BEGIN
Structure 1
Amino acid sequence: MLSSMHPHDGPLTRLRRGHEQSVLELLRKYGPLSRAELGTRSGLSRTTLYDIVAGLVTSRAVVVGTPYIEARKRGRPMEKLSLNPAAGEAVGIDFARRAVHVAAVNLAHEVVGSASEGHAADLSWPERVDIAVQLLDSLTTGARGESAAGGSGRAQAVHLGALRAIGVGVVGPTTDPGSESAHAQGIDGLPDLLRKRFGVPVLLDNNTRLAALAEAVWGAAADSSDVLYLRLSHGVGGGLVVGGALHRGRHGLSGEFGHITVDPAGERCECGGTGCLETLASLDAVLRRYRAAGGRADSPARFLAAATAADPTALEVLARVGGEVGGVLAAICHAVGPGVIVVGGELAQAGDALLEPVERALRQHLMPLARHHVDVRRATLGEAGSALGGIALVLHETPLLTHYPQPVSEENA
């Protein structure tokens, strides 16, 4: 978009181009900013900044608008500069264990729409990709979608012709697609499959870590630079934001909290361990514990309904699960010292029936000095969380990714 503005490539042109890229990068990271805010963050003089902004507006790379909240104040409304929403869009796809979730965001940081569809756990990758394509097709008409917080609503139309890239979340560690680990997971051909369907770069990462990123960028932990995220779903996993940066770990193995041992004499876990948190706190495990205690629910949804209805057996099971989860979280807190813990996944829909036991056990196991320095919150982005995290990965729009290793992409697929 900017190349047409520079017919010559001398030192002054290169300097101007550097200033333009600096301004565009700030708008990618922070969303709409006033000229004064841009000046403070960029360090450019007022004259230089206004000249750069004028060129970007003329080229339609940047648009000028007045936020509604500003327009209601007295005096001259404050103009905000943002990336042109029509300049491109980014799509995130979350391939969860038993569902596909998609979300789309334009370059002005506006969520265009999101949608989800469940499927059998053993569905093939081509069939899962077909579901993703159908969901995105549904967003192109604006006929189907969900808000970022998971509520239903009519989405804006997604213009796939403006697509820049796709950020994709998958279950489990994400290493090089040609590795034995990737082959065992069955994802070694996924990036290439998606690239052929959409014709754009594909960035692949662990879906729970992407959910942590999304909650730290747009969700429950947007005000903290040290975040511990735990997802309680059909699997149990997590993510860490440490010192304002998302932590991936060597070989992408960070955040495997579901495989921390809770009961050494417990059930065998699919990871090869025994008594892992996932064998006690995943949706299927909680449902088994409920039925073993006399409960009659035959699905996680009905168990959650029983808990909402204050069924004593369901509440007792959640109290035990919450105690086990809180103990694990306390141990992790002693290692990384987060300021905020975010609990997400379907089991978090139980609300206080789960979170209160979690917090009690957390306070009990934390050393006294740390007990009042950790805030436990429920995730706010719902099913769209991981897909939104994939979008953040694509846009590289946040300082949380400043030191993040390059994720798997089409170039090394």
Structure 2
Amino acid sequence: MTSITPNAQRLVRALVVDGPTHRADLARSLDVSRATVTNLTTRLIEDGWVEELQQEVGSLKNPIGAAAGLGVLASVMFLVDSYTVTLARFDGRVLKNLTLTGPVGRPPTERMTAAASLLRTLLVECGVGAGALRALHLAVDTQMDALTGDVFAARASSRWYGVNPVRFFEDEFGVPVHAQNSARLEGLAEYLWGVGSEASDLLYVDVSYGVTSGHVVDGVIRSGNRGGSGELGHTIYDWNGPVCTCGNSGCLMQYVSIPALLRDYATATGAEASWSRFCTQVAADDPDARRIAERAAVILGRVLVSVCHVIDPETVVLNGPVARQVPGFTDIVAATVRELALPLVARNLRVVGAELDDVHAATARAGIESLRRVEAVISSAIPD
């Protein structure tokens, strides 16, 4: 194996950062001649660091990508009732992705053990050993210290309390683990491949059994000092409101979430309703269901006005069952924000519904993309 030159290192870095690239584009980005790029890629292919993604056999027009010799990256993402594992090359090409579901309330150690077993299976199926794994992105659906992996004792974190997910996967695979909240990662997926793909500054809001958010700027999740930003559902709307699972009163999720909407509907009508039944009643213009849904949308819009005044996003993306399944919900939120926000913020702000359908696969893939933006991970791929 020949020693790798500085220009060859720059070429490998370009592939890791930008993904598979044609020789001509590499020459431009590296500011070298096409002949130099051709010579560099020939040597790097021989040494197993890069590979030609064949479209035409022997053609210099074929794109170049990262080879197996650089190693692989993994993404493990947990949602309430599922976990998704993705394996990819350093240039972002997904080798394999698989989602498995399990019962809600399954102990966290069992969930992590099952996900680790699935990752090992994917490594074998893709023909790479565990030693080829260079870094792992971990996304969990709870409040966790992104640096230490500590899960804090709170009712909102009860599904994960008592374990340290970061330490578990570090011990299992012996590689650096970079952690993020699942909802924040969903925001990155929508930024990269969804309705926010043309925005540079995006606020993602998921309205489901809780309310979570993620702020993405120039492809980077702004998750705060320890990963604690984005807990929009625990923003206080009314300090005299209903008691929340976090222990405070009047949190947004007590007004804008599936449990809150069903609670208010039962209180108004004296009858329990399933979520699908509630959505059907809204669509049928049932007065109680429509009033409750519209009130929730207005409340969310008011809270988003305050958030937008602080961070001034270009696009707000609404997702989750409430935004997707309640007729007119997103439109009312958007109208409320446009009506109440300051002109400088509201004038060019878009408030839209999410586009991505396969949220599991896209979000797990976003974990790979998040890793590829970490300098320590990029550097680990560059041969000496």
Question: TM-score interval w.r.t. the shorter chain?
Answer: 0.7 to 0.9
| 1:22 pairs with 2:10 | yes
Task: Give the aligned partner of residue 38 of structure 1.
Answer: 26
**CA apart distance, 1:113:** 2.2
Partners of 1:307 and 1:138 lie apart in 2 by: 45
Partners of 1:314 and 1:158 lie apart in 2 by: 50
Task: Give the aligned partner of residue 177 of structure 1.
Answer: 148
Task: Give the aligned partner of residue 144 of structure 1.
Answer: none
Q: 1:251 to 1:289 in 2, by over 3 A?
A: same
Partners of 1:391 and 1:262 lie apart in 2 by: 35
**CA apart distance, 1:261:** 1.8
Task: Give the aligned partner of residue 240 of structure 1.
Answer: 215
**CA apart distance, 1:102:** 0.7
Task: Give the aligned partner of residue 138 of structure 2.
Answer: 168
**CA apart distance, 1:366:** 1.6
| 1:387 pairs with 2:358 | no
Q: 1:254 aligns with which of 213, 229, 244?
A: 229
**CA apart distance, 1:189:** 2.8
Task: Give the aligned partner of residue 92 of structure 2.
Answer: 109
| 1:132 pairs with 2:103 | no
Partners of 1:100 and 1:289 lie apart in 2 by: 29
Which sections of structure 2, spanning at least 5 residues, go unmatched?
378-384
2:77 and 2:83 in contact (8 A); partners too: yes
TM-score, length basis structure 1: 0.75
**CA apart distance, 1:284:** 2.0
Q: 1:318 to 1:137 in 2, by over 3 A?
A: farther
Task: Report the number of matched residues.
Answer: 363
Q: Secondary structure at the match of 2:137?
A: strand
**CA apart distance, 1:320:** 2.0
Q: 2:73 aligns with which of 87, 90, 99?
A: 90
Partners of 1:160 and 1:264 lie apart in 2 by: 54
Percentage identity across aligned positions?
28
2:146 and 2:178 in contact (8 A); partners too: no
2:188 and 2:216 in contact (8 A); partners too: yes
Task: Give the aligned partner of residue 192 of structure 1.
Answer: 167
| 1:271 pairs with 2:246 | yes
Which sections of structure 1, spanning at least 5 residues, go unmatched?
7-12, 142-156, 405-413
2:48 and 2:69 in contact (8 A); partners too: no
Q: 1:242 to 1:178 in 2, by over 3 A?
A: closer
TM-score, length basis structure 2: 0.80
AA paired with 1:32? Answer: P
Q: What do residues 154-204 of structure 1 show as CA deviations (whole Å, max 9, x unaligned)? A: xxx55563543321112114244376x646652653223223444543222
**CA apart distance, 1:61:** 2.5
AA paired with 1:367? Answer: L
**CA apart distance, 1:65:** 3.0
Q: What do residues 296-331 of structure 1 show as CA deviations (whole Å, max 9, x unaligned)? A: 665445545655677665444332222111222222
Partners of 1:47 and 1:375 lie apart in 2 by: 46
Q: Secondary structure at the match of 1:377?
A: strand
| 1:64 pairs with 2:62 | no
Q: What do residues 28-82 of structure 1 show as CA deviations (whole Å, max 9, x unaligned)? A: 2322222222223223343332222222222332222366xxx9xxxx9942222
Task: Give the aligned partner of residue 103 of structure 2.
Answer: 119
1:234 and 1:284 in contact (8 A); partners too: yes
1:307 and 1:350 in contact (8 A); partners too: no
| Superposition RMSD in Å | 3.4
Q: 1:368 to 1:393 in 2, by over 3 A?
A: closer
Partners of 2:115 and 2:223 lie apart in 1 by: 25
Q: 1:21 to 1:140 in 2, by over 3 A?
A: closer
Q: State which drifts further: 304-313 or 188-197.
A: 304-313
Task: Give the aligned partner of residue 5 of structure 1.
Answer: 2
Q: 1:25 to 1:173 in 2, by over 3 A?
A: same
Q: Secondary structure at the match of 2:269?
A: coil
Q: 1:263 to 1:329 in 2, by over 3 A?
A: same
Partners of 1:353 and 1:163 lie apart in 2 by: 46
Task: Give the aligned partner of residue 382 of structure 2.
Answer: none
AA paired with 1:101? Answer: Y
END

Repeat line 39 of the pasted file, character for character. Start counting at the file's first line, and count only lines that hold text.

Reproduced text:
2:77 and 2:83 in contact (8 A); partners too: yes